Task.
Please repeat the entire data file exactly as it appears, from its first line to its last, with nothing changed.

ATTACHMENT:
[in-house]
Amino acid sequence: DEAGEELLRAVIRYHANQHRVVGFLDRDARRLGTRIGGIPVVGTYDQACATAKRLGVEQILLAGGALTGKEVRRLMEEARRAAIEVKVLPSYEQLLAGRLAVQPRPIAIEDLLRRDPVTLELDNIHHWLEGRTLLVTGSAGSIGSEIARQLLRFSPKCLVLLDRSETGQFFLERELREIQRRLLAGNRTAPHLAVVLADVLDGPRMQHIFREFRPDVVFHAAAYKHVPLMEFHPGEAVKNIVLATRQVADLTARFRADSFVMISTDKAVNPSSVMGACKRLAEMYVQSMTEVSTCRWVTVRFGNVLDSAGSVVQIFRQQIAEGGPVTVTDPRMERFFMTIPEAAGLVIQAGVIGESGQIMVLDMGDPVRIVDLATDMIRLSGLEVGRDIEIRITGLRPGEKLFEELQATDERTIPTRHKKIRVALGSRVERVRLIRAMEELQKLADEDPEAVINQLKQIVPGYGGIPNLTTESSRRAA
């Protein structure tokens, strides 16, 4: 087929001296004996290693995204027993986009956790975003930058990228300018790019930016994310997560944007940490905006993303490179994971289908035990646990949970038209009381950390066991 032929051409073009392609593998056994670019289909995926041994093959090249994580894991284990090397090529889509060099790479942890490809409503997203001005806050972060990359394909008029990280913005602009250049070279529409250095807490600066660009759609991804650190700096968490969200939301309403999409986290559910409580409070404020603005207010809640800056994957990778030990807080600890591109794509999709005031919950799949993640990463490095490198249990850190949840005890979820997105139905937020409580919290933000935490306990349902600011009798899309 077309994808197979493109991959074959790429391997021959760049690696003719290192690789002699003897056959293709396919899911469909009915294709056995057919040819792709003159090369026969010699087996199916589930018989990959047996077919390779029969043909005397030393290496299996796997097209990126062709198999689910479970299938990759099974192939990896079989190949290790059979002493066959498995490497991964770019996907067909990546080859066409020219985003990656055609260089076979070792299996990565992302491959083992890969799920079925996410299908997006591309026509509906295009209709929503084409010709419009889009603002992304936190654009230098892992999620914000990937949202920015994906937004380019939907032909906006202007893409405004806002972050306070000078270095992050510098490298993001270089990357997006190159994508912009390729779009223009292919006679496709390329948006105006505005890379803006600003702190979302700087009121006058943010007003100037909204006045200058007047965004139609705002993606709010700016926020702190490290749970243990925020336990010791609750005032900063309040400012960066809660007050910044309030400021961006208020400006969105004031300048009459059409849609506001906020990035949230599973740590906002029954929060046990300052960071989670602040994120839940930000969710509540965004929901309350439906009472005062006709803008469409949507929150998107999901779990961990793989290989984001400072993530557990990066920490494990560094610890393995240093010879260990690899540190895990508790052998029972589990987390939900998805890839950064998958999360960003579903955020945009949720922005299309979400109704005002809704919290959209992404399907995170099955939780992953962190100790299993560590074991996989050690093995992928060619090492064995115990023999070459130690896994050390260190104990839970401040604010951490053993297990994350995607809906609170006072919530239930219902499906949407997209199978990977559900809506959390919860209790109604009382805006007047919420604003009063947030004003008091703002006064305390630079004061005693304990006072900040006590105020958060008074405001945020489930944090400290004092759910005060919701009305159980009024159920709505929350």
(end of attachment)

[in-house]
Amino acid sequence: DEAGEELLRAVIRYHANQHRVVGFLDRDARRLGTRIGGIPVVGTYDQACATAKRLGVEQILLAGGALTGKEVRRLMEEARRAAIEVKVLPSYEQLLAGRLAVQPRPIAIEDLLRRDPVTLELDNIHHWLEGRTLLVTGSAGSIGSEIARQLLRFSPKCLVLLDRSETGQFFLERELREIQRRLLAGNRTAPHLAVVLADVLDGPRMQHIFREFRPDVVFHAAAYKHVPLMEFHPGEAVKNIVLATRQVADLTARFRADSFVMISTDKAVNPSSVMGACKRLAEMYVQSMTEVSTCRWVTVRFGNVLDSAGSVVQIFRQQIAEGGPVTVTDPRMERFFMTIPEAAGLVIQAGVIGESGQIMVLDMGDPVRIVDLATDMIRLSGLEVGRDIEIRITGLRPGEKLFEELQATDERTIPTRHKKIRVALGSRVERVRLIRAMEELQKLADEDPEAVINQLKQIVPGYGGIPNLTTESSRRAA
């Protein structure tokens, strides 16, 4: 087929001296004996290693995204027993986009956790975003930058990228300018790019930016994310997560944007940490905006993303490179994971289908035990646990949970038209009381950390066991 032929051409073009392609593998056994670019289909995926041994093959090249994580894991284990090397090529889509060099790479942890490809409503997203001005806050972060990359394909008029990280913005602009250049070279529409250095807490600066660009759609991804650190700096968490969200939301309403999409986290559910409580409070404020603005207010809640800056994957990778030990807080600890591109794509999709005031919950799949993640990463490095490198249990850190949840005890979820997105139905937020409580919290933000935490306990349902600011009798899309 077309994808197979493109991959074959790429391997021959760049690696003719290192690789002699003897056959293709396919899911469909009915294709056995057919040819792709003159090369026969010699087996199916589930018989990959047996077919390779029969043909005397030393290496299996796997097209990126062709198999689910479970299938990759099974192939990896079989190949290790059979002493066959498995490497991964770019996907067909990546080859066409020219985003990656055609260089076979070792299996990565992302491959083992890969799920079925996410299908997006591309026509509906295009209709929503084409010709419009889009603002992304936190654009230098892992999620914000990937949202920015994906937004380019939907032909906006202007893409405004806002972050306070000078270095992050510098490298993001270089990357997006190159994508912009390729779009223009292919006679496709390329948006105006505005890379803006600003702190979302700087009121006058943010007003100037909204006045200058007047965004139609705002993606709010700016926020702190490290749970243990925020336990010791609750005032900063309040400012960066809660007050910044309030400021961006208020400006969105004031300048009459059409849609506001906020990035949230599973740590906002029954929060046990300052960071989670602040994120839940930000969710509540965004929901309350439906009472005062006709803008469409949507929150998107999901779990961990793989290989984001400072993530557990990066920490494990560094610890393995240093010879260990690899540190895990508790052998029972589990987390939900998805890839950064998958999360960003579903955020945009949720922005299309979400109704005002809704919290959209992404399907995170099955939780992953962190100790299993560590074991996989050690093995992928060619090492064995115990023999070459130690896994050390260190104990839970401040604010951490053993297990994350995607809906609170006072919530239930219902499906949407997209199978990977559900809506959390919860209790109604009382805006007047919420604003009063947030004003008091703002006064305390630079004061005693304990006072900040006590105020958060008074405001945020489930944090400290004092759910005060919701009305159980009024159920709505929350």